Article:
A quote popularized by Mark Twain best sums up a recent motion graphic that’s been circulating on social media.
“There are three kinds of lies: lies, damn lies, and statistics.”
The video attempts to make a comparison of how likely the chances were for you to get murdered or raped, and then endeavors to compare this to police brutality per contact.
It makes the claim that excessive force by the police is exceedingly rare and attempts to use statistics to provide a claim of legitimacy. The problem is that this is not a legitimate comparison, as they did not compare the murder and rape stats to per human contact; therefore, this makes the comparison of police brutality to other crimes invalid.
The reality is that numbers don’t convey any information without units or some other frames of reference. The blurring of the line between the number and the quantity has left us vulnerable to the ways in which statistics can deceive us, and police propagandists are taking every opportunity to do exactly that.
The motion graphic makes a failing attempt to appeal to authority by throwing numbers at the viewer in a bid to lull them into mental complacency. The reality is, the statistics used were inaccurate, and any critical thinker simply has to analyze the numbers to see that the narrative forwarded in this piece was blatant propaganda.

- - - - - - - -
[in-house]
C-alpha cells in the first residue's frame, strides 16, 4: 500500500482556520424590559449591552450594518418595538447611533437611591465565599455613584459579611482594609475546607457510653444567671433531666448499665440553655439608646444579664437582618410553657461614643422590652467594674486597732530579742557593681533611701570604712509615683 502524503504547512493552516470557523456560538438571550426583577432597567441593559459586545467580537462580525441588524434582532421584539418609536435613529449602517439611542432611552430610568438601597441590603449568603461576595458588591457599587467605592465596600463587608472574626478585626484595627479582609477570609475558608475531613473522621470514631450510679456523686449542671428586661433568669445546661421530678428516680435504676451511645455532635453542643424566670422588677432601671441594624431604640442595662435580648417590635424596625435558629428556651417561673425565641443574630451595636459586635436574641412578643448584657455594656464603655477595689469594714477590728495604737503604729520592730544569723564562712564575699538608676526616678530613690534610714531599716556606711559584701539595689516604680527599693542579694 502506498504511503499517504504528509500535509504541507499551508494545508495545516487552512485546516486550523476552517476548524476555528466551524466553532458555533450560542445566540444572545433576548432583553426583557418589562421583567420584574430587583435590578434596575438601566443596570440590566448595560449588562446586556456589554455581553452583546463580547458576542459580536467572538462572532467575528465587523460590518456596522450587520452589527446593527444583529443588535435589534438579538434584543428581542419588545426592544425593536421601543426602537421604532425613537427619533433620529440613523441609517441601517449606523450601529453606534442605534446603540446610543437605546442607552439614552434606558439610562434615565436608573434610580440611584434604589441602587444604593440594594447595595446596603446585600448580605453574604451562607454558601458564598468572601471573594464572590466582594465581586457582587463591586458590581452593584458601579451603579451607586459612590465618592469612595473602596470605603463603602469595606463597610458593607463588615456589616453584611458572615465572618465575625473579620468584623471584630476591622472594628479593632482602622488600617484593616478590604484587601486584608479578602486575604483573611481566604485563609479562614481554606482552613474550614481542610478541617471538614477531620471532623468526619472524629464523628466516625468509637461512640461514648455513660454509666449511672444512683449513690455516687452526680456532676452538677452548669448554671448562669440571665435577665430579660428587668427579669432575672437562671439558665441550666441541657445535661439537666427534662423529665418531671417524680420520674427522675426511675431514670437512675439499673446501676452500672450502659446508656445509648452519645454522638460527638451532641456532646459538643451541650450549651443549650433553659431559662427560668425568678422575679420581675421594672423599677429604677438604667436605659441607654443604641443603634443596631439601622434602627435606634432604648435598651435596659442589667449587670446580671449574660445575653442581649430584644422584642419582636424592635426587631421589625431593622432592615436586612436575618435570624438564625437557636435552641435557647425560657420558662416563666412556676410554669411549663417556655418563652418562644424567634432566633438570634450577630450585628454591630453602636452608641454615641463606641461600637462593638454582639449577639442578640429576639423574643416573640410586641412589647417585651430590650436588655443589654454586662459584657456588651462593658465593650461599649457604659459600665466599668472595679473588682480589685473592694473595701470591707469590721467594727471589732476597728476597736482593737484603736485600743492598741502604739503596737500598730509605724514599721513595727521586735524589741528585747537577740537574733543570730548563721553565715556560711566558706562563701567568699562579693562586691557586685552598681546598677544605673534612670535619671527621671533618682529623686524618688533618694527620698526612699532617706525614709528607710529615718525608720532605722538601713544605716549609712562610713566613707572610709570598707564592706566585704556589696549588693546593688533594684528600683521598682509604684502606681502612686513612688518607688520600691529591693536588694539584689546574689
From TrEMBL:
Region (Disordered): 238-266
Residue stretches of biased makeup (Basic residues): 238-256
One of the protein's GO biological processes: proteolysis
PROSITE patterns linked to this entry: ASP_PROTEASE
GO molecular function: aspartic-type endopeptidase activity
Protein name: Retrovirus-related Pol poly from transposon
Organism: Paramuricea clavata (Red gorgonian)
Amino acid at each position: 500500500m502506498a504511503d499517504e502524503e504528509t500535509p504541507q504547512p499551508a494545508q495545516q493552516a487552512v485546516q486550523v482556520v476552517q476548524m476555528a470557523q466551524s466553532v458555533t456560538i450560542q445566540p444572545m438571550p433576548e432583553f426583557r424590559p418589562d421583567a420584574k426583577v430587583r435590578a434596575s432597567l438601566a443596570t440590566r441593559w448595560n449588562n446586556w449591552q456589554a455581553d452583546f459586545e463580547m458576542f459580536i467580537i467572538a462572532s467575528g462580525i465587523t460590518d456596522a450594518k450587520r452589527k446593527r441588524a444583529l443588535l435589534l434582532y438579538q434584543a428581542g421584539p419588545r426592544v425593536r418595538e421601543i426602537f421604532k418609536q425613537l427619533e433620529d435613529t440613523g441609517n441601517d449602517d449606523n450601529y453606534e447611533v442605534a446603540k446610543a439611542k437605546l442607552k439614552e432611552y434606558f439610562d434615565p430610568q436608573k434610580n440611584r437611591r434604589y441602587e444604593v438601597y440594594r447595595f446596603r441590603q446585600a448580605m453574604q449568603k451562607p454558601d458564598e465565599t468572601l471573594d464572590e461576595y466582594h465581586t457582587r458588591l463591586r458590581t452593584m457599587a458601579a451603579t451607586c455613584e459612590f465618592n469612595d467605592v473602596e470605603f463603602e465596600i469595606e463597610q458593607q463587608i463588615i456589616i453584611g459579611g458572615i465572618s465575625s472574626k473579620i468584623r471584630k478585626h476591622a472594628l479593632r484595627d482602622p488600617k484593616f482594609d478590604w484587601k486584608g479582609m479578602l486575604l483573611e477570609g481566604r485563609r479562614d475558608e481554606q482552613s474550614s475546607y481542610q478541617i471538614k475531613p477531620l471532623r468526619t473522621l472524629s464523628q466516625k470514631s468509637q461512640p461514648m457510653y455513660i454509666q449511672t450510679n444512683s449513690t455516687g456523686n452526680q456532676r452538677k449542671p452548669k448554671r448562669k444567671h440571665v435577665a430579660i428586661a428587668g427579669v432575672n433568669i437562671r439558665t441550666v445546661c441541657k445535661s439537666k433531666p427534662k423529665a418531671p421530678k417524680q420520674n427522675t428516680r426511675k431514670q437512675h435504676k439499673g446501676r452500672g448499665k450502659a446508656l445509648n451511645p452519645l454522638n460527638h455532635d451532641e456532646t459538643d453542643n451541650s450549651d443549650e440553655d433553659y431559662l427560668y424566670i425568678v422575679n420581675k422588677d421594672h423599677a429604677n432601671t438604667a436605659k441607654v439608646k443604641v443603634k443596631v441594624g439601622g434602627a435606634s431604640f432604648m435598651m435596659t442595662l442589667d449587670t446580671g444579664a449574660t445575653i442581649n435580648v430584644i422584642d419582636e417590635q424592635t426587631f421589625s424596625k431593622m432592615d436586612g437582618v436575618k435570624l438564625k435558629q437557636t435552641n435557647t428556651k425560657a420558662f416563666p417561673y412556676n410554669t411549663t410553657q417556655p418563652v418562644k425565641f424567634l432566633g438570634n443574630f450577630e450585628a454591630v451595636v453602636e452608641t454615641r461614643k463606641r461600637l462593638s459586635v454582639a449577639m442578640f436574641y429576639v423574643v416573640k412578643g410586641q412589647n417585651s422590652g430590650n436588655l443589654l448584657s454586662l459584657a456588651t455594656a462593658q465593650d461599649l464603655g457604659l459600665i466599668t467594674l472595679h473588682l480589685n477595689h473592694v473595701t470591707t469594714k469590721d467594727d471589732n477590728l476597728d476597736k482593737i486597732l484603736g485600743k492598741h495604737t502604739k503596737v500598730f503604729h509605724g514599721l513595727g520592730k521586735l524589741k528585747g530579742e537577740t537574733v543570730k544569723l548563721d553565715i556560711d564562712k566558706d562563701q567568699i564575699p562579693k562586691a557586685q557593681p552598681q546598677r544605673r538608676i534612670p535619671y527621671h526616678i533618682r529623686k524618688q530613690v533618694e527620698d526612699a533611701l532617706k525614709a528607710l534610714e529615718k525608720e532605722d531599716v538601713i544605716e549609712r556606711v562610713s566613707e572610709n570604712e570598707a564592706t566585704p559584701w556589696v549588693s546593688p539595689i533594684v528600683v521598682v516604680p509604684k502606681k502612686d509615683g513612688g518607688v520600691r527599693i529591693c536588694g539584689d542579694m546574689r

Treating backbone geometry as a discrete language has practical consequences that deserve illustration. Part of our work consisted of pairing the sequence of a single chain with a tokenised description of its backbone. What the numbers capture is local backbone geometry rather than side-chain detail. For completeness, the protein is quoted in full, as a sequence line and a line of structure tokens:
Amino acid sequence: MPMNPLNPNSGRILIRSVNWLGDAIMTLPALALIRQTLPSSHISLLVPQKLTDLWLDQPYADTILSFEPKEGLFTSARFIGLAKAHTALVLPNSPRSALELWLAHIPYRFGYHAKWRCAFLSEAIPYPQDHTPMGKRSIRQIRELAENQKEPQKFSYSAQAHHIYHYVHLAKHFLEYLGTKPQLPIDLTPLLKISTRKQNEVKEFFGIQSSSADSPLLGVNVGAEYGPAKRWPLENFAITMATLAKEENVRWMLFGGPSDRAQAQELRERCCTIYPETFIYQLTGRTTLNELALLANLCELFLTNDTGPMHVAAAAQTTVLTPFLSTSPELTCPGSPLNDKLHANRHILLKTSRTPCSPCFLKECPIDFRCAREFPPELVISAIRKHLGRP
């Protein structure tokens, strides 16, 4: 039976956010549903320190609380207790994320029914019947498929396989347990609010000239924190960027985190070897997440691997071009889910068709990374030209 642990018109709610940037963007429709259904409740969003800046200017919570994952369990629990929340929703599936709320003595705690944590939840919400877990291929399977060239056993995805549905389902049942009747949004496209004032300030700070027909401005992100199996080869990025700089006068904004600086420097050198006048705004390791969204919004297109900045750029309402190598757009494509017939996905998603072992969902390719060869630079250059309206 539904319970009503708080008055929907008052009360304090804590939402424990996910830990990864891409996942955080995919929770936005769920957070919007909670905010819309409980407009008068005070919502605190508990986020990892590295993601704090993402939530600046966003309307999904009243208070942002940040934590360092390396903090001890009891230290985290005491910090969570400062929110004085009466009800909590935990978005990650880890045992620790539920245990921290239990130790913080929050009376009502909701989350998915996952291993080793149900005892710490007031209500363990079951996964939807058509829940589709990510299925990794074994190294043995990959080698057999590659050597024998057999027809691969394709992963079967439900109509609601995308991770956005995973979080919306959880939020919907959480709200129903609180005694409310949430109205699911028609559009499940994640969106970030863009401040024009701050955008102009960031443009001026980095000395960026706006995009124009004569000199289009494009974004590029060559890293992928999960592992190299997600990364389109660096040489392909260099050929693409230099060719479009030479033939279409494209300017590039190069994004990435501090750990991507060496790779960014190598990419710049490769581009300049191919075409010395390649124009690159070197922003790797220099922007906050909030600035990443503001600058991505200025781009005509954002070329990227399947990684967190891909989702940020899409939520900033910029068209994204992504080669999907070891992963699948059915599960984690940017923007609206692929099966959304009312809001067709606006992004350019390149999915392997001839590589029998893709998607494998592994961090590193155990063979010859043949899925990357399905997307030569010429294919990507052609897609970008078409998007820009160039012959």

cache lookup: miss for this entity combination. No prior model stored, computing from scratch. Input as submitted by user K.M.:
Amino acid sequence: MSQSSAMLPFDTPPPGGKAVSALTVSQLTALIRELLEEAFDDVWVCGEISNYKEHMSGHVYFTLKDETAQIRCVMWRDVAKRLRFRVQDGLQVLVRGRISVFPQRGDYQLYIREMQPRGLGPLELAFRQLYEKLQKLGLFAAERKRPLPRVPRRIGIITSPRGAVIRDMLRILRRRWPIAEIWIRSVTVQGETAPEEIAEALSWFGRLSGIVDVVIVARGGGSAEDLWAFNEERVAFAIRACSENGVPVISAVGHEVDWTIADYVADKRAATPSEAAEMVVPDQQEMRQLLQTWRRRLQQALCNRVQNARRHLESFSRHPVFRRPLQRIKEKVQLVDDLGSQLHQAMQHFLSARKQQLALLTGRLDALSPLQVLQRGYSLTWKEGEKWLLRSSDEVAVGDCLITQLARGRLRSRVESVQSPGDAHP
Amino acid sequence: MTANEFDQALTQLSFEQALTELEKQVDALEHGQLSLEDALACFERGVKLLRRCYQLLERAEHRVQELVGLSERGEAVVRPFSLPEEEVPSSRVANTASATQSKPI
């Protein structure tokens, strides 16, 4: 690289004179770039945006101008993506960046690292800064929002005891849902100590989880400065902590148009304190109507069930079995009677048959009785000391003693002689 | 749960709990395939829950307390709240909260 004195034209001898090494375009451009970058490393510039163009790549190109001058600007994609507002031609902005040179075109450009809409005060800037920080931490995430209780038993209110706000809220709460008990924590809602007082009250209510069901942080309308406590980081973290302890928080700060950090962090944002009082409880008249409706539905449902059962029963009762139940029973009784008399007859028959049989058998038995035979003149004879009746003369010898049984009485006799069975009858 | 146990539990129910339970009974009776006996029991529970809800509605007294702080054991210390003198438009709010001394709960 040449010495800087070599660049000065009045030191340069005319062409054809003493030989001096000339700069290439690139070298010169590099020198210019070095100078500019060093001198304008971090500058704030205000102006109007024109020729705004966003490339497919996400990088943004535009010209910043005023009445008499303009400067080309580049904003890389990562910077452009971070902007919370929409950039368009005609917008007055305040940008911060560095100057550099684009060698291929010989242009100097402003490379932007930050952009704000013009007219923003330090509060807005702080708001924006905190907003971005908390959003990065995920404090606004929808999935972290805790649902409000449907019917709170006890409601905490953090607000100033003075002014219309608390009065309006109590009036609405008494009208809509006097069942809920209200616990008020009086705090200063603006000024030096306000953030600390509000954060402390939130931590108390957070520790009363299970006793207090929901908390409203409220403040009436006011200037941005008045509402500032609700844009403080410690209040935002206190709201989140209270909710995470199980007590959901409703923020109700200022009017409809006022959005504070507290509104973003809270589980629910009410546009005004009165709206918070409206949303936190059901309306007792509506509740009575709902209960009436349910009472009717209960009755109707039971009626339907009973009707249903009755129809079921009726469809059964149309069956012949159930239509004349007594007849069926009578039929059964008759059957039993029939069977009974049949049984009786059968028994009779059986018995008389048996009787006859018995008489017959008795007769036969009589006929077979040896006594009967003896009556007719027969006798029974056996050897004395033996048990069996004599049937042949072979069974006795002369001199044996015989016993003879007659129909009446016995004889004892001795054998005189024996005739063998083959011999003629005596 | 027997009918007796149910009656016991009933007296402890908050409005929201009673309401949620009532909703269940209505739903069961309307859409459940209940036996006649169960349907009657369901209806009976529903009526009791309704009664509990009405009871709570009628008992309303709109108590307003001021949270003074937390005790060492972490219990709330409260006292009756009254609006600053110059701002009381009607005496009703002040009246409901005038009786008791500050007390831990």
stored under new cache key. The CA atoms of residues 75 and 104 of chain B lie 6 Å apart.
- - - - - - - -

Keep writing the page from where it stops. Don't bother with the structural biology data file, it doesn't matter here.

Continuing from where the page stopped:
One of the points stressed in the piece was that someone is statistically more likely to be murdered by a civilian. But those same numbers also show that a cop is more likely than a civilian to be a murderer.
var m3_u = (location.protocol==’https:’?’https://cas.criteo.com/delivery/ajs.php?’:’http://cas.criteo.com/delivery/ajs.php?’);
var m3_r = Math.floor(Math.random()*99999999999);
In a much more accurate portrayal of the numbers, someone created a response to police brutality piece using the same units to give a more precise representation of the problem.
The key is to never take a bunch of numbers being shoved down your throat at face value. A careful analysis must be undertaken to fully understand the nuance within the numbers being presented.
When critically analyzing the police brutality motion graphic, it shows itself to hold very little informative value while attempting to use statistics to obscure reality.
The creation of this piece was not to assist people in becoming more aware of what is or isn’t happening their communities. Rather, it is an attempt to mislead people to help allow police to continue to escape from accountability.
Jay Syrmopoulos is an investigative journalist, freethinker, researcher, and ardent opponent of authoritarianism. He is currently a graduate student at University of Denver pursuing a masters in Global Affairs. Jay’s work has previously been published on BenSwann.com and WeAreChange.org. You can follow him on Twitter @sirmetropolis, on Facebook at Sir Metropolis and now on tsu.